With the Luongo penalty applied, shows the Canucks with $15.5 million of salary-cap space still available for next season after the NHL and its Players Association agreed on the weekend to suppress the 2019-20 upper limit to $81.5 million. Comically, this is because players didn’t like seeing so much of their paycheques withheld in escrow to ensure they didn’t exceed the percentage of NHL revenue they’re guaranteed.

“What do we want? Less! When do we want it? Now!” is a unique battle cry among labour unions.

Benning has still to re-sign top winger Brock Boeser, who could make $7-8 million annually on his next contract, and the Canucks are expected to be aggressive in chasing free-agent defenceman Tyler Myers on July 1.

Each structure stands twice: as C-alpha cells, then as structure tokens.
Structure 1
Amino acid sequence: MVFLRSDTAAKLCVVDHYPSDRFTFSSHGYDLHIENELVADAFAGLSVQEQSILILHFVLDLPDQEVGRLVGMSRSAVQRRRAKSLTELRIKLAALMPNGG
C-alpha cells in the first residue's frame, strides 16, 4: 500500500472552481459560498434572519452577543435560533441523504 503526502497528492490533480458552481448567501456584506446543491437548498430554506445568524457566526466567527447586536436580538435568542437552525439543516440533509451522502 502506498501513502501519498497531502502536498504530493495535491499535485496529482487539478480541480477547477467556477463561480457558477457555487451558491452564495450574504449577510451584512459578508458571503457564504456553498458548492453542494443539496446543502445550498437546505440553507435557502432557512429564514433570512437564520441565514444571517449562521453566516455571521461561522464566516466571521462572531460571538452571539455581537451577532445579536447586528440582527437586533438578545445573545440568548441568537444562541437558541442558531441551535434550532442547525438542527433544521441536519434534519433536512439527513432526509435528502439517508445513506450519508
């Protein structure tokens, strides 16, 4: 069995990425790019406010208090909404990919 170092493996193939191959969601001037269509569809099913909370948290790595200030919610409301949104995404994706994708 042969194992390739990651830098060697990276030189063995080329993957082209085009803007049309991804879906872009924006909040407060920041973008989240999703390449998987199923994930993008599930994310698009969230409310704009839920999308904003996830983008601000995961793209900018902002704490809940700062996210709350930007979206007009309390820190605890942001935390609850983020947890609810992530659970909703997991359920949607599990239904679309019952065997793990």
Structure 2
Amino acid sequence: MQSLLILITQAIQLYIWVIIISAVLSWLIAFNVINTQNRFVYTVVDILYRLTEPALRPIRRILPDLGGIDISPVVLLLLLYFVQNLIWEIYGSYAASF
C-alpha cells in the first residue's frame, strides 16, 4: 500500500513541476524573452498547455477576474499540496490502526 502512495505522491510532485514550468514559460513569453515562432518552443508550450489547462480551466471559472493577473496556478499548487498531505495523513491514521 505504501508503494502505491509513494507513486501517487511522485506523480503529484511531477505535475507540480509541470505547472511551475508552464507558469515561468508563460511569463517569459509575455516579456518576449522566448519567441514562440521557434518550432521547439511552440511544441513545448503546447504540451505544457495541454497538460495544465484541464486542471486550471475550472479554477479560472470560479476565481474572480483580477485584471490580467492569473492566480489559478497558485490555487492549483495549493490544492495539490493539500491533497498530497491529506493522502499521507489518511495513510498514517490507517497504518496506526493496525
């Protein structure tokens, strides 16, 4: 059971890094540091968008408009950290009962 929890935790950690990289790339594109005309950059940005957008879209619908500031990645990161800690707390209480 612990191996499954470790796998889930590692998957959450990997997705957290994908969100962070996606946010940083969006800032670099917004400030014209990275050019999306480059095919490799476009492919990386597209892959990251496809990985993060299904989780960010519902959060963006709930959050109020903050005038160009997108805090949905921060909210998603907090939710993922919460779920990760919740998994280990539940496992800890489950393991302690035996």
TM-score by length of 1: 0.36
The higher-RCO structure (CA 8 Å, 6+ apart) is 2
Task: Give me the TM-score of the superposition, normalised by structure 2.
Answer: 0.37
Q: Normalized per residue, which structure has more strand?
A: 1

Still, the team shouldn’t have much trouble absorbing the Luongo penalty over the next two seasons. But the Canucks will have to budget for it in 2021-22, when potential superstars Elias Pettersson and Quinn Hughes will be starting their second contracts.

Other than ex-GM Dave Nonis’ trade to acquire him, there was little about Luongo that came cheaply. He absorbed so much energy and money during his time in Vancouver, and Gillis’ two-year trade mission to shed his salary became a sideshow. But besides being a brilliant goaltender, Luongo was also one of the most complex and compelling figures in Canuck history. By the end of his transformation, Luongo’s humility and obvious goodness matched his ability and endeared him to fans.

Was Luongo worth it in Vancouver? All of that money – even now? Damn right, he was.